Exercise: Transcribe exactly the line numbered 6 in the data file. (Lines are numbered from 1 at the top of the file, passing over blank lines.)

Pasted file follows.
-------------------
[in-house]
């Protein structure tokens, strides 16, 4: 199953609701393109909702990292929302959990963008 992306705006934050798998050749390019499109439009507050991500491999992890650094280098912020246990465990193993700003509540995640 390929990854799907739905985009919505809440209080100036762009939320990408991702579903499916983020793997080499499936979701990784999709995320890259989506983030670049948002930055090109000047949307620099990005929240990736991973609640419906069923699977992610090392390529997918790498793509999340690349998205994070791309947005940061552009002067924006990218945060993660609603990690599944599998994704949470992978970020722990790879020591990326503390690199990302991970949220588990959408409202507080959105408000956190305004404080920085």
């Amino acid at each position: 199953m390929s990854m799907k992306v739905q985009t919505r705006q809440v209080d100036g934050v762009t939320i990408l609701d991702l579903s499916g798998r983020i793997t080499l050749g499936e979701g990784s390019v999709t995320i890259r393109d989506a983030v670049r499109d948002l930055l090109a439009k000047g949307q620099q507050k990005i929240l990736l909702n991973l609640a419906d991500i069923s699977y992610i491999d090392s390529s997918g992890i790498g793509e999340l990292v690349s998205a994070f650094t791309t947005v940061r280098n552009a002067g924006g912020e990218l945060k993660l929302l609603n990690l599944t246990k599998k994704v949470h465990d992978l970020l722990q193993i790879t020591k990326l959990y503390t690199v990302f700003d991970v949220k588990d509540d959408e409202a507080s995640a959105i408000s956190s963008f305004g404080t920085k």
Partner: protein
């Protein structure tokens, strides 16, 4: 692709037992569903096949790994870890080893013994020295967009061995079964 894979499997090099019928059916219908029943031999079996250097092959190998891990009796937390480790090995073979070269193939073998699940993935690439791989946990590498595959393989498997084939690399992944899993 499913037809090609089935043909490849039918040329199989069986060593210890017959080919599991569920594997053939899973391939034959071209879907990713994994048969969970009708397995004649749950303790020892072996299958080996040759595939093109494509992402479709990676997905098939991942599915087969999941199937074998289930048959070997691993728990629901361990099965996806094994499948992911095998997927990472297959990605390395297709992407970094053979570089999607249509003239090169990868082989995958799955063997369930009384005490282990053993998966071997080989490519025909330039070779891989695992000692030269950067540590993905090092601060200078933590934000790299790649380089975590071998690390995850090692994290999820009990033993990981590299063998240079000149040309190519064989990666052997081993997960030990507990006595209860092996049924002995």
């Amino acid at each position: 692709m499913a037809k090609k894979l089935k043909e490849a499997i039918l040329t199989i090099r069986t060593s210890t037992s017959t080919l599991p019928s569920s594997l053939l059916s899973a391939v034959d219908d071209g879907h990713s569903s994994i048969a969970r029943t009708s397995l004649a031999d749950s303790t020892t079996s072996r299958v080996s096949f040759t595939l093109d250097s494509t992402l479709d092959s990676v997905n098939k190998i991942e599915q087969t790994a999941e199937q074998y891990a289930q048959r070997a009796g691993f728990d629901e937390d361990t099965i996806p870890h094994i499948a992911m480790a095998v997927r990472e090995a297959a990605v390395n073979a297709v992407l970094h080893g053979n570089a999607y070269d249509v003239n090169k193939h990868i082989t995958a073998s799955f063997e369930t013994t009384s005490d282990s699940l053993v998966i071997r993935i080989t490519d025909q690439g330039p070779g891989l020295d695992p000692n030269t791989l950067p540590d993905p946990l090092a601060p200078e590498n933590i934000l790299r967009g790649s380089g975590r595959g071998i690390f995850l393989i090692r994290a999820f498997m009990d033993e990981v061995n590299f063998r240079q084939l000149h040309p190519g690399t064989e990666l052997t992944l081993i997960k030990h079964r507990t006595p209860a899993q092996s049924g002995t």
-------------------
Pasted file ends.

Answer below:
């Amino acid at each position: 692709m499913a037809k090609k894979l089935k043909e490849a499997i039918l040329t199989i090099r069986t060593s210890t037992s017959t080919l599991p019928s569920s594997l053939l059916s899973a391939v034959d219908d071209g879907h990713s569903s994994i048969a969970r029943t009708s397995l004649a031999d749950s303790t020892t079996s072996r299958v080996s096949f040759t595939l093109d250097s494509t992402l479709d092959s990676v997905n098939k190998i991942e599915q087969t790994a999941e199937q074998y891990a289930q048959r070997a009796g691993f728990d629901e937390d361990t099965i996806p870890h094994i499948a992911m480790a095998v997927r990472e090995a297959a990605v390395n073979a297709v992407l970094h080893g053979n570089a999607y070269d249509v003239n090169k193939h990868i082989t995958a073998s799955f063997e369930t013994t009384s005490d282990s699940l053993v998966i071997r993935i080989t490519d025909q690439g330039p070779g891989l020295d695992p000692n030269t791989l950067p540590d993905p946990l090092a601060p200078e590498n933590i934000l790299r967009g790649s380089g975590r595959g071998i690390f995850l393989i090692r994290a999820f498997m009990d033993e990981v061995n590299f063998r240079q084939l000149h040309p190519g690399t064989e990666l052997t992944l081993i997960k030990h079964r507990t006595p209860a899993q092996s049924g002995t």